Eyestorm, London, United Kingdom

Metz by Georges Rousse

Georges Rousse Biography

Paris, 1947

Georges Rousse's installations are impossible and perplexing visual conundrums. Armed only with simple building materials and the laws of perspective, Rousse creates strange optical puzzles which defy the eye to work out what is going on. They tend to look as if a slice of one reality has been overlaid on another - as if two parallel dimensions had collided and become accidentally meshed together, before deciding to live with each other and co- exist in a curious formal and geometric equilibrium.

Rousse's juxtapositions can be startling. Some of his most effective pieces are the most simple: no more than a series of lines drawn on the walls and floors of a room, which line up to create a group of architectonic forms hovering in space. Only the subtle narrowing of an apparently vertical line betrays the fact that it is in fact running away from us - and that it is not, contrary to what the eye insists, merely drawn on the photograph. These pieces are holograms made with chalk. Like the Nazca lines in Peru, they seem to imply some kind of metaphysical window, through which for a second we have the opportunity to step.

Since Rousse's constructions rely absolutely on perspective to work, they're made to be viewed from a fixed point - in fact, from a fixed camera position. The final aim of his architectural sleights of hand is to produce a flat, photographic image in which the compression of depth and surface allows the illusion to operate at its strongest. So although much of his work involves building three-dimensional blocks and arches, curves and funnels, tunnels and edges, which must all be precisely shaped in order match up when seen from a particular point, Rousse is not a sculptor so much as a draughtsman. His business is drawing in 3-D.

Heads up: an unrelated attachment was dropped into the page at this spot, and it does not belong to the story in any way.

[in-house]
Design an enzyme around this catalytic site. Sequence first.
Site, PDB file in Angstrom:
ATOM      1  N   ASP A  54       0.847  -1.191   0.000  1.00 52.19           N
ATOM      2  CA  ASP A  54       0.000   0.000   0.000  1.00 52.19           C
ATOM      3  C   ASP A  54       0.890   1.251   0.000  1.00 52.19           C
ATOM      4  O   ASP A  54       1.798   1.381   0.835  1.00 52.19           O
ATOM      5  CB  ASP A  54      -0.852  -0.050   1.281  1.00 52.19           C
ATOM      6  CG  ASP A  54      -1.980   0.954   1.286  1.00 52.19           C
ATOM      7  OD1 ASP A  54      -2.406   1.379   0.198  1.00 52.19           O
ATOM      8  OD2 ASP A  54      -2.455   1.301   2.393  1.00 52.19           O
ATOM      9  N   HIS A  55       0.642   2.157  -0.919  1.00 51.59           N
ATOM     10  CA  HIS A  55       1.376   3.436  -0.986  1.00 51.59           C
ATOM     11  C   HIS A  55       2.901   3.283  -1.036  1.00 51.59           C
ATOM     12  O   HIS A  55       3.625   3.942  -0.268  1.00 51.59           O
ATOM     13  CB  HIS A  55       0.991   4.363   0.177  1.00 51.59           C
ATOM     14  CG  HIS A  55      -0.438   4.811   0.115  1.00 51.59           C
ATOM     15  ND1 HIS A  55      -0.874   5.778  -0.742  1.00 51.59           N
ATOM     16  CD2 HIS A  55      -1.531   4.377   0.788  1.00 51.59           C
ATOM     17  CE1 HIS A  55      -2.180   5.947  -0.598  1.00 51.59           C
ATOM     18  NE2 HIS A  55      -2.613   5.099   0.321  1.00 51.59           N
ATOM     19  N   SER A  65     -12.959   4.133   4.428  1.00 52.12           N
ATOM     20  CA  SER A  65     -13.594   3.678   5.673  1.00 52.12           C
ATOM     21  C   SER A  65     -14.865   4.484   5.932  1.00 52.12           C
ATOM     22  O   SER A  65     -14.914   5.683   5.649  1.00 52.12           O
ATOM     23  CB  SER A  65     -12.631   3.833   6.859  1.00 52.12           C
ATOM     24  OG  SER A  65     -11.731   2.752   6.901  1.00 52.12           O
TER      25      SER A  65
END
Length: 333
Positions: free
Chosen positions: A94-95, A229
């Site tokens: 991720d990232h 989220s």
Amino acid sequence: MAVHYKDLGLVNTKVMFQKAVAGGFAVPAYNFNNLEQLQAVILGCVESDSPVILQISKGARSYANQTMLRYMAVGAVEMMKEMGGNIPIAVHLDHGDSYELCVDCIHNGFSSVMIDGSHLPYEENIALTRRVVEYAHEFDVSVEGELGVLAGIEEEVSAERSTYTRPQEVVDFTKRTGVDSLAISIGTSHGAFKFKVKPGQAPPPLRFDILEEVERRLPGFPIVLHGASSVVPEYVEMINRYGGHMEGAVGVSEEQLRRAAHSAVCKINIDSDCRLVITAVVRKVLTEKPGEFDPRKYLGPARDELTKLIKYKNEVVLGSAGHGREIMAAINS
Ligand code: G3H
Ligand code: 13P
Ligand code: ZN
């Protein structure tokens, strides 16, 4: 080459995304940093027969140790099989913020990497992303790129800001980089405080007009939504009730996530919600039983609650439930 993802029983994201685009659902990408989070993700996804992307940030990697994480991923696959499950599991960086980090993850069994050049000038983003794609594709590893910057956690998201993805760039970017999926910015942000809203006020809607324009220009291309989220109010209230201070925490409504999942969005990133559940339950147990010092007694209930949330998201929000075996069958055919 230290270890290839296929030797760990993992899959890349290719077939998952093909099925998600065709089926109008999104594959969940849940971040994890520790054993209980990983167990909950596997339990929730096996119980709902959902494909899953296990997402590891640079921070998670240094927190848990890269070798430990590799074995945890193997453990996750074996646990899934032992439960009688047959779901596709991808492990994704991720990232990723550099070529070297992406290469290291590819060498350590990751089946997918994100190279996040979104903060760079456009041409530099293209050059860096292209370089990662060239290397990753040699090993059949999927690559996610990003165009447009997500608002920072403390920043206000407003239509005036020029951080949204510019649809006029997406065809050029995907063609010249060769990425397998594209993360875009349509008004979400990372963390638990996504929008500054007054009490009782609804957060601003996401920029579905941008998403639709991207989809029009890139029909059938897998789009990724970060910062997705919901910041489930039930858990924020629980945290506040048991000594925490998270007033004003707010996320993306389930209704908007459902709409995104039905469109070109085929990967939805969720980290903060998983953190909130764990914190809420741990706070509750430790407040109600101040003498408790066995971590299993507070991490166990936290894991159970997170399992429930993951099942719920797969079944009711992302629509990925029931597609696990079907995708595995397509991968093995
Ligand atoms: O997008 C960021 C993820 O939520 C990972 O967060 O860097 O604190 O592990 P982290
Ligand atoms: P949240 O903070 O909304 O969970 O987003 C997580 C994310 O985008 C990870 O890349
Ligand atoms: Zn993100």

Rousse uses two methods to collapse the real and the unreal. In one, he turns a real place into a drawing - covering the site in chalky cross-hatching, or outlining in white the edges of all objects and features - then framing it with a perspectival border. Thus a room with cupboards, a table, a sink, becomes no more real than a cartoon sketched out on black card. In the second method, he turns a drawing into real space, constructing perspectival architecture which, like a mirror, creates an illusionary pool of depth. Each method is an inversion of the other: in one Rousse sucks out space; in the other, he inserts it.

There is something grandiose about the formal qualities of Rousse's work. But there's also an engaging humility to it, which stems from the combination of the ambition of his effects with the simplicity of his materials: chalk, paint, wood. Recently, when constructing his installations in France, Rousse has begun collaborating with volunteers from local youth projects. He is happy to have their involvement; the subject of his art, which is essentially egalitarian, is the way we experience the world on a visceral level, and their experience is as valid as any.


Galerie Springer & Winckler, Berlin, 1999

Galerie Reckermann, Cologne, Germany, 1998

Galerie Durand-Dessert, Paris, 1998

Galerie Graff, Montreal, 1997

Museum of Contemporary Art, Barcelona, 1996

Galerie Mssokhan, Kobe, Japan, 1995

Galerie Bartschi, Geneva, Switzerland, 1995

Ludwig Museum, Coblence, 1994

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